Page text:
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How to Make Elephant Toothpaste

Elephant toothpaste
Hydrogen peroxide, yeast and dish soap ― et voilà! ― elephant toothpaste! Adam Pearlstein /Flickr/Wikimedia Commons (CC BY-SA 2.0)

As we all know, elephants probably don't brush their teeth. But if they did, they probably wouldn't use elephant toothpaste. It's really fun to make, though.

Imagine shaving cream shooting out of a volcano you made for the science fair. That's the satisfaction that comes with the foaming chemical reaction produced when you mix dish soap, hydrogen peroxide and dry yeast ― and the good news is, you can make it in your home. You know, if nobody minds you making a gigantic mess.

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The elephant toothpaste reaction is just the speeding-up of a chemical reaction that usually happens very slowly. Hydrogen peroxide ― that antiseptic liquid that usually comes in a brown bottle and bubbles up when you put it on a cut ― is a chemical compound that's made of two hydrogen and two oxygen molecules bonded together. The chemical formula for hydrogen peroxide is H2O2, which might sound a bit familiar because it's very close to the most famous chemical compound of all time ― H2O, or plain old water. In fact, hydrogen peroxide, if left to its own devices, will sit around quietly decomposing into water and an extra oxygen atom ― especially when exposed to sunlight, which is why it comes in a dark brown bottle. But elephant toothpaste provides a way to see this chemical decomposition happen very quickly and dramatically.

The way to speed it up is to murder some yeast. These tiny organisms, like nearly all living things, contain an enzyme called catalase that acts as a catalyst for the reaction. Once the hydrogen peroxide comes in contact with the yeast, it starts splitting into water and oxygen gas at an alarming rate. The thing is, this reaction doesn't look like much unless you add the third ingredient: dish soap.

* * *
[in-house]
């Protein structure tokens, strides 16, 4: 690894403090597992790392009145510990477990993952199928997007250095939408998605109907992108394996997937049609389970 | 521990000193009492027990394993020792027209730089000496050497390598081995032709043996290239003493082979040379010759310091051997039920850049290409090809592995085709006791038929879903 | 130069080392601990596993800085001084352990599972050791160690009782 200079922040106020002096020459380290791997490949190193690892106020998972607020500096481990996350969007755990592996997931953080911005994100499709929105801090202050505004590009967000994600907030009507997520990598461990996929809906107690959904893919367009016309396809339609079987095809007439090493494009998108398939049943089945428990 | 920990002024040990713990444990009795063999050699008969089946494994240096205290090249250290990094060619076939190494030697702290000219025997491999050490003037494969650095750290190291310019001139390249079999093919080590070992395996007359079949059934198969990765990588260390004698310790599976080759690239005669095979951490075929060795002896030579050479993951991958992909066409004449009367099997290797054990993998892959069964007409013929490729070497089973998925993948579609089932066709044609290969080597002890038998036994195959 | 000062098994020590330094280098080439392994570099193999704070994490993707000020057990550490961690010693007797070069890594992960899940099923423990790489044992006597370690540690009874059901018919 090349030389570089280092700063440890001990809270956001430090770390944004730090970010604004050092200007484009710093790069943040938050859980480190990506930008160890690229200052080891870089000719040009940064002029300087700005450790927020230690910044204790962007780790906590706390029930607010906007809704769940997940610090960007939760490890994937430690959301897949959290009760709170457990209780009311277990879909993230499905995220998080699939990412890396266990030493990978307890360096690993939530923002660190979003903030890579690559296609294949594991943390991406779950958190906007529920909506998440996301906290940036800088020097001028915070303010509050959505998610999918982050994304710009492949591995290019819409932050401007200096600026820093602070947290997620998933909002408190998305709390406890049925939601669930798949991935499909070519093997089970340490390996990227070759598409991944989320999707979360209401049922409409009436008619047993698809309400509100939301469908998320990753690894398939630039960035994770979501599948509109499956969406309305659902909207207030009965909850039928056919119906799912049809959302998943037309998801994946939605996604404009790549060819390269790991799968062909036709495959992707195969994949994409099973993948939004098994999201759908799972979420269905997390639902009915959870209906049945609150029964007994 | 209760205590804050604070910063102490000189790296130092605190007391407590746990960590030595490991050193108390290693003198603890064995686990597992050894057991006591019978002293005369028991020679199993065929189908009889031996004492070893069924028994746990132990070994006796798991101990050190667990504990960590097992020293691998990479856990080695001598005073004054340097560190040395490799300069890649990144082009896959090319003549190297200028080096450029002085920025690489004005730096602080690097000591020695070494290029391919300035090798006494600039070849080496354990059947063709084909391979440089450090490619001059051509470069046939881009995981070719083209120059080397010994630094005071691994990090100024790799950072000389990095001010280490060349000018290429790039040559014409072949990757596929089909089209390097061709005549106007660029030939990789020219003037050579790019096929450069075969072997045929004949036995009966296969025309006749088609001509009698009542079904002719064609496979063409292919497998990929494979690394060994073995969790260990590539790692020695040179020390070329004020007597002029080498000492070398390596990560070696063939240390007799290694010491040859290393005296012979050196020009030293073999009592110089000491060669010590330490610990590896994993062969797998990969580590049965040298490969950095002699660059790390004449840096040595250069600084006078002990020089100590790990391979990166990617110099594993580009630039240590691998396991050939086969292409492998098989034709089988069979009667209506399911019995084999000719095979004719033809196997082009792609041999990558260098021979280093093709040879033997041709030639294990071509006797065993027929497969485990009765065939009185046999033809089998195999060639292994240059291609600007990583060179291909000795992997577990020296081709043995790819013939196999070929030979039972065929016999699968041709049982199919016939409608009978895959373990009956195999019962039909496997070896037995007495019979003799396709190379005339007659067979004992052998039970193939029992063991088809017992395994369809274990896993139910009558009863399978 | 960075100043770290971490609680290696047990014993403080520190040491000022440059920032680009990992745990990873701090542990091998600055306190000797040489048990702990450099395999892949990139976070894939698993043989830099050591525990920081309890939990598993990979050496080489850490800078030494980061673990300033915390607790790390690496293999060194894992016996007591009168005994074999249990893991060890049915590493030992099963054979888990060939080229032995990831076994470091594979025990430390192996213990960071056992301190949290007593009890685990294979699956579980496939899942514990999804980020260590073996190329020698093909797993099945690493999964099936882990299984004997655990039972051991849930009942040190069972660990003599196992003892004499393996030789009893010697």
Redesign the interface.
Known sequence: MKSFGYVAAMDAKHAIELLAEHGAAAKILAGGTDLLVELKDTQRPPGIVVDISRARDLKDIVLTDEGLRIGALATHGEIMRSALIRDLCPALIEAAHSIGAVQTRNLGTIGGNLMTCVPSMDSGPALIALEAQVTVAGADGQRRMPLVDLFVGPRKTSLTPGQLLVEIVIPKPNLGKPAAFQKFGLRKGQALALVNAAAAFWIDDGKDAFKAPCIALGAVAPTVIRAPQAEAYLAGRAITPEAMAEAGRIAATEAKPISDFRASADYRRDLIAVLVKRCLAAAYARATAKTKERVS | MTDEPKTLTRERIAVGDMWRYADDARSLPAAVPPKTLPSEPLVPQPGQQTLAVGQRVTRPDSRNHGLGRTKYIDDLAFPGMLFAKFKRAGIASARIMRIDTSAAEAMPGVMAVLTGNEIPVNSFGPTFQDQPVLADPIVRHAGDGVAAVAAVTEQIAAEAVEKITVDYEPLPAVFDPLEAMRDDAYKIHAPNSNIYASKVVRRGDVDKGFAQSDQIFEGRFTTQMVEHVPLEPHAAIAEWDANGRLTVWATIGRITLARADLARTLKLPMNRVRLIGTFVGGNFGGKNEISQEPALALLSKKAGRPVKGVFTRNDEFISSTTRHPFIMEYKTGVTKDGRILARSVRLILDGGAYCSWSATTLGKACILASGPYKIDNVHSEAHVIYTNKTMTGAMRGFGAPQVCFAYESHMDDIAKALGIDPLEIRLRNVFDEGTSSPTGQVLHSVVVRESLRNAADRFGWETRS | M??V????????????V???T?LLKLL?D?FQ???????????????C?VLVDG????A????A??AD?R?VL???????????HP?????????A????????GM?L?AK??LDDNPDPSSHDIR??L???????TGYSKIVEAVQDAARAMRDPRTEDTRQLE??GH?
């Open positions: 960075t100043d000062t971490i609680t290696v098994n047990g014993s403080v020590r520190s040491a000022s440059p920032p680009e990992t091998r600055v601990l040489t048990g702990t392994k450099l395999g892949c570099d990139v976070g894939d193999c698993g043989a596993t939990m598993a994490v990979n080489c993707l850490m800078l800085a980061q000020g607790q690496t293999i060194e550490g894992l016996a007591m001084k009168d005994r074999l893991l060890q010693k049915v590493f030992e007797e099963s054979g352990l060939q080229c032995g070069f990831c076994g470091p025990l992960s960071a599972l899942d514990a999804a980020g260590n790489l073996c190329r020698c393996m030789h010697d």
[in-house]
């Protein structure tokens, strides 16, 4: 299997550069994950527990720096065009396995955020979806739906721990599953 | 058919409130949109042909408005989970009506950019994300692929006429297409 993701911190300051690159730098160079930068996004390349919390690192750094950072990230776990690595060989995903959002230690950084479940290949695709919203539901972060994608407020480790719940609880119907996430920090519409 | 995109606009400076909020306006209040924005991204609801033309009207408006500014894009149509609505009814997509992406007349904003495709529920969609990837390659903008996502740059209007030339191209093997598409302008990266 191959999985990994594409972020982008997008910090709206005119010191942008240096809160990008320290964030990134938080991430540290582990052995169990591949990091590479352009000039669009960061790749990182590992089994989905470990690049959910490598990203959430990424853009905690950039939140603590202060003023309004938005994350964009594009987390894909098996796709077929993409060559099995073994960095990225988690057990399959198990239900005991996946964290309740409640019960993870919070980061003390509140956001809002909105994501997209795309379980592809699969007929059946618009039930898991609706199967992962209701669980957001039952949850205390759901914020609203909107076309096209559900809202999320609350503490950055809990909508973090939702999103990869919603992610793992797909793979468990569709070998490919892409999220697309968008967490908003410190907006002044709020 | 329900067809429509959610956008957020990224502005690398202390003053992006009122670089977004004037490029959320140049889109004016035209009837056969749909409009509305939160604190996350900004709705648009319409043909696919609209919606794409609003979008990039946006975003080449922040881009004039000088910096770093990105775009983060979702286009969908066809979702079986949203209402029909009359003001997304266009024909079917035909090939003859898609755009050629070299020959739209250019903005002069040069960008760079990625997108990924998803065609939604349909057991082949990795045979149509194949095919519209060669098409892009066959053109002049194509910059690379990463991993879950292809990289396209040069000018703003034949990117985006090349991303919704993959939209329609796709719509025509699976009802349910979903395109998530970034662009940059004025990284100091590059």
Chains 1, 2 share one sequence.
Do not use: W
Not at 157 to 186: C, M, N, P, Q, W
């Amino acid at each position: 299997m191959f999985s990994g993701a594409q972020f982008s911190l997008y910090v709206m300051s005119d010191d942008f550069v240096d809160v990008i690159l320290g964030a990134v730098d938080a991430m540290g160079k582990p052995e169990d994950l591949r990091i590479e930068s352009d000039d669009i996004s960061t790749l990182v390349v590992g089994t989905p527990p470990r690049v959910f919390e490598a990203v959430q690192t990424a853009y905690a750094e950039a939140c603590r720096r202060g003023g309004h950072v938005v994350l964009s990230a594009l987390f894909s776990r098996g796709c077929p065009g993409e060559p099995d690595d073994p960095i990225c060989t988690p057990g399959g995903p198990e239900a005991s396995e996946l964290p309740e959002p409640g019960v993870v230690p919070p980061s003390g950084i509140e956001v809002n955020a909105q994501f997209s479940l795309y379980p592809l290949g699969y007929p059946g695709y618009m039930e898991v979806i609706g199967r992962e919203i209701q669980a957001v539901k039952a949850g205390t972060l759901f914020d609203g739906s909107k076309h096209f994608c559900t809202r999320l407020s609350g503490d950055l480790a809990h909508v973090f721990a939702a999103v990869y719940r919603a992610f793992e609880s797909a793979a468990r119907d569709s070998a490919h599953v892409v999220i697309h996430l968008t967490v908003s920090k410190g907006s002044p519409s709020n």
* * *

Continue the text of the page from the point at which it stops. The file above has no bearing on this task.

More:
Because the oxygen gas released by decomposing H2O2 just forms delicate bubbles that pop when they get to the surface, the spectacle of elephant toothpaste requires a little something extra to give the bubbles surface tension. Adding liquid soap preserves the bubbles and turns them into a rapidly proliferating foam.

Elephant Toothpaste Recipe

So, are you ready to make some elephant toothpaste? Great! You'll need:

  • 1/2 cup (4 fluid ounces, or 12 millilters) hydrogen peroxide. There are several different recipes online, but most agree that you get the best reaction with the 12 percent hydrogen peroxide solution (called "V40 developer") you can find at beauty supply stores ― the kind you use to bleach hair. That said, if you're trying this with children, it might be safer (although less exciting) to use the 3 percent H2O2 you get in the brown bottle at the pharmacy, as the stronger stuff can really irritate skin and eyes. Of course, none of this stuff should be ingested.
  • One packet of dry yeast granules you can find in the baking section of the grocery store.
  • A giant dollop of dish soap.
  • Food coloring, for flair, though this is optional.
  • Warm water to activate the yeast.
  • Protective eye gear like safety goggles or even your own eyeglasses. Gloves and an apron also would be a good idea.
  • A container ― any bottle with a narrow neck will show off the elephant toothpaste reaction to its best advantage.
  • A pan to catch your results, though a bathtub would be a smart place to do this experiment.

Follow the activation directions on the packet of yeast, adding warm water and waiting until it begins to fizz. Pour the hydrogen peroxide into the bottle first, adding a couple drops of food coloring if you wish, and a generous squirt of dish soap. Pour the yeast mixture in last, and watch it blast off!

Please don't cap the bottle, and please don't try to use this toothpaste on your own teeth!

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